Racing the Moss Lotus 18 at Monaco


The 1961 Monaco Grand Prix was one of many great races from Stirling Moss as he held off the more powerful Ferrari 156 of Richie Ginther to win. Exactly 55 years later, Moss was re-united with the car and young British driver Andrew Hibberd got to race it in the Grand Prix Historique.

In celebration of the 55th anniversary of Moss’s win in the first race for the new 1.5-litre Grand Prix regulations, Credit Suisse arranged for Sir Stirling and his Lotus 18 to come together once again.

For 30-year-old Andrew Hibberd, one of Britain’s most accomplished historic single-seater racers, the Monaco event offered the chance of an unforgettable experience.

“I was in THE car, the 1961 Stirling Moss Monaco winner,” said Hibberd, who was invited to race the Lotus by its owner Stephen Bond. “We took the side panels off in the race, just as they did back in 1961.

“In first qualifying I had the original steering wheel, which was much too big. So I swapped that for a 10-inch wheel, which I borrowed in the paddock. That made a massive difference and I went 10 seconds a lap quicker as I was no longer steering it with my knees. I think Stirling is a little bit shorter than I am!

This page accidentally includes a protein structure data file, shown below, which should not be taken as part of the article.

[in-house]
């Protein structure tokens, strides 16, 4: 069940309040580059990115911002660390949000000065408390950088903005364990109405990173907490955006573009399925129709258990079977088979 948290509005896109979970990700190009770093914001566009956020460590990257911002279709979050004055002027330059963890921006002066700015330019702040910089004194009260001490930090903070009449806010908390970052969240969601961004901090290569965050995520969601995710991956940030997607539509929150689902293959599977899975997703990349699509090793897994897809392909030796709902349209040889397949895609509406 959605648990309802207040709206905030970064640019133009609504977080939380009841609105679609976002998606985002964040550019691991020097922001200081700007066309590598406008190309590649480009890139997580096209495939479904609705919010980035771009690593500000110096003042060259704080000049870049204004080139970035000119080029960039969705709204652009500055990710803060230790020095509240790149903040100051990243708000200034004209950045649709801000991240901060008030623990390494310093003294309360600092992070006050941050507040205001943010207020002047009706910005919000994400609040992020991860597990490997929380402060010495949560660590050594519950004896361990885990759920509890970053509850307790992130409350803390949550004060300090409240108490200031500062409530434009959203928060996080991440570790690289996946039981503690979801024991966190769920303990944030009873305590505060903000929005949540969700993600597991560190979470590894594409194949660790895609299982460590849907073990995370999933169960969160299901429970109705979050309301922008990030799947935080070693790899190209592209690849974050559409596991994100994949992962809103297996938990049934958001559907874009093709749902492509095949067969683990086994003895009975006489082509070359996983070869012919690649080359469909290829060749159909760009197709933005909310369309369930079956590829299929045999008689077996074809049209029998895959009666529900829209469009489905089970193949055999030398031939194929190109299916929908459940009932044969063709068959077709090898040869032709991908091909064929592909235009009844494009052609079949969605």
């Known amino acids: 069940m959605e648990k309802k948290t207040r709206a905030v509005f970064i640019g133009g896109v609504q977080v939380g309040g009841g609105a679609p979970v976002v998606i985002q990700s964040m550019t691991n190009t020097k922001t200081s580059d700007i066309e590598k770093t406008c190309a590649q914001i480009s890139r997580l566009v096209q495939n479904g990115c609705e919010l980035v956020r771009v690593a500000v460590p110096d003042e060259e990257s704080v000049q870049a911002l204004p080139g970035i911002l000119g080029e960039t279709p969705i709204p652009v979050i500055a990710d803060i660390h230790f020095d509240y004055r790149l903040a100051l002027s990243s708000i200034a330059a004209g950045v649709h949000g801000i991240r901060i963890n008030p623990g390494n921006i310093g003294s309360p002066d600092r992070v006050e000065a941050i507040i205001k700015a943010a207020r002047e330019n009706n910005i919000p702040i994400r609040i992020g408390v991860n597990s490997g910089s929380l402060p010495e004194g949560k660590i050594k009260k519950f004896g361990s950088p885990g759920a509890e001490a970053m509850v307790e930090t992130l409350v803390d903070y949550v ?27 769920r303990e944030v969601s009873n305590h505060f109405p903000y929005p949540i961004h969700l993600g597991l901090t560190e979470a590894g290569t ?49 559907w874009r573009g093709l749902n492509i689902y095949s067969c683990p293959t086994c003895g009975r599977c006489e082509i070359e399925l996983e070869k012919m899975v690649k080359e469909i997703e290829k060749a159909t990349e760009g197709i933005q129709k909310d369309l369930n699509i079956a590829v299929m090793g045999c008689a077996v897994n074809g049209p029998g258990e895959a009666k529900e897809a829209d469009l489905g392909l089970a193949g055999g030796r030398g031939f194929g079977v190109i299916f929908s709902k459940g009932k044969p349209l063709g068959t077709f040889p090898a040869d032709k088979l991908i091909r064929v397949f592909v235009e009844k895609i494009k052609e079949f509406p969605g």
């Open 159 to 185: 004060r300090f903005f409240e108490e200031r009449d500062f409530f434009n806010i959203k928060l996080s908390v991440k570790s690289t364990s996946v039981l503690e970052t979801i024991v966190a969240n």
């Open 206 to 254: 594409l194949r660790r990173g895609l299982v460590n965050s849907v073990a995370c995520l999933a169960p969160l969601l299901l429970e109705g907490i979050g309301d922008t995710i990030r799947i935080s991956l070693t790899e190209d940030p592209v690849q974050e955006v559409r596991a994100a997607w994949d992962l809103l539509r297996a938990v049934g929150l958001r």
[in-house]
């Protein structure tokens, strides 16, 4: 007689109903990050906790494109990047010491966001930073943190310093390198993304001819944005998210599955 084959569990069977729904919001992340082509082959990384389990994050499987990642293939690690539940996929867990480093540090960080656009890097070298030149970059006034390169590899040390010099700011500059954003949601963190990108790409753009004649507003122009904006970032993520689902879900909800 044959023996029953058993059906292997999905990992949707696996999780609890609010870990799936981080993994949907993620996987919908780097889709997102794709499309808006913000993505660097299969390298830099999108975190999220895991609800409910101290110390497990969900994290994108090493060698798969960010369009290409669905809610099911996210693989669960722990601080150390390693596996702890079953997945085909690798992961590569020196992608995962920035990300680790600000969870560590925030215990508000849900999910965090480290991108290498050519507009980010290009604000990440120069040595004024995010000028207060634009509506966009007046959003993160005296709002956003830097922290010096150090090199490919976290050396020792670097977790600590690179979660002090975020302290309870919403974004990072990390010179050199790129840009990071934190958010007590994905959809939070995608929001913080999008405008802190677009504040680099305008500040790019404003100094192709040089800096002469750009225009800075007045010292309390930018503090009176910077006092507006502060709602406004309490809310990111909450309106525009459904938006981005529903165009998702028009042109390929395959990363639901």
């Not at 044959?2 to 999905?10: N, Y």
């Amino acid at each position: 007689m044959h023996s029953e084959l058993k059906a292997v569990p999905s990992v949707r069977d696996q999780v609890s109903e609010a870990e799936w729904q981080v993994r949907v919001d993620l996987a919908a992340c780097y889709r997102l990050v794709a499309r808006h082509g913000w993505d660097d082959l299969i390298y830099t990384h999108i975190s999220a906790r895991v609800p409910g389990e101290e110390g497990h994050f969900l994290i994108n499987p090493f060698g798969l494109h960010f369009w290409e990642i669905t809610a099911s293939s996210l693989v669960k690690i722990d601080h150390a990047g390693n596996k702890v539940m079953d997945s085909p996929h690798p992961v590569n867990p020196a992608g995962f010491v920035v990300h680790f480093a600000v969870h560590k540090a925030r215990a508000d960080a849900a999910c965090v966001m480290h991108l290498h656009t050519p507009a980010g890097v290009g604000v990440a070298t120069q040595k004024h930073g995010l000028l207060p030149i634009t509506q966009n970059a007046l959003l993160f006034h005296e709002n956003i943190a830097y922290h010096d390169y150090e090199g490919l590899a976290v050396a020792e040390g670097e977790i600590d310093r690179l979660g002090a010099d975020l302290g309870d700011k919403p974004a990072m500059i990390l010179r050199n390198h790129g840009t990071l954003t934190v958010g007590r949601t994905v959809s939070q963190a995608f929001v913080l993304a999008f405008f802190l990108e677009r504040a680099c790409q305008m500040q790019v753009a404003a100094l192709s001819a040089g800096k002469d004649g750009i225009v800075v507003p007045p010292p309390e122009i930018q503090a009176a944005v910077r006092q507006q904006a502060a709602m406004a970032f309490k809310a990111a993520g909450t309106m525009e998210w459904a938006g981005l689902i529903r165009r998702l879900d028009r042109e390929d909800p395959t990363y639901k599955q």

“It was a little bit daunting in the first session. I drove round thinking ‘what am I doing in this valuable racing car driving round Monaco?’ But the second session was better and in the race I had a good scrap with Iain Rowley and really enjoyed it.

“We had the side panels off and it was great fun. We met Sir Stirling on the Saturday and he sat with the car to have his photo taken. We chatted about the car and he signed a model of the car; it was a wonderful experience.

“When we took the side panels off I thought I’d get loads of air rushing through the car and I was expecting loads of bits to come up into my crash helmet. But after the out-lap I never noticed. It didn’t make any difference as far as I could see.

“It was done to keep the driver cool, but I still got out of it sweating. I think that was the pressure! We had the original bungee strap over the rear bodywork as they did in 1961, because the side panels hold the rear tail down. On the grid I was able to shake people’s hands underneath the bodywork. It is one of those things I’ll not forget!”

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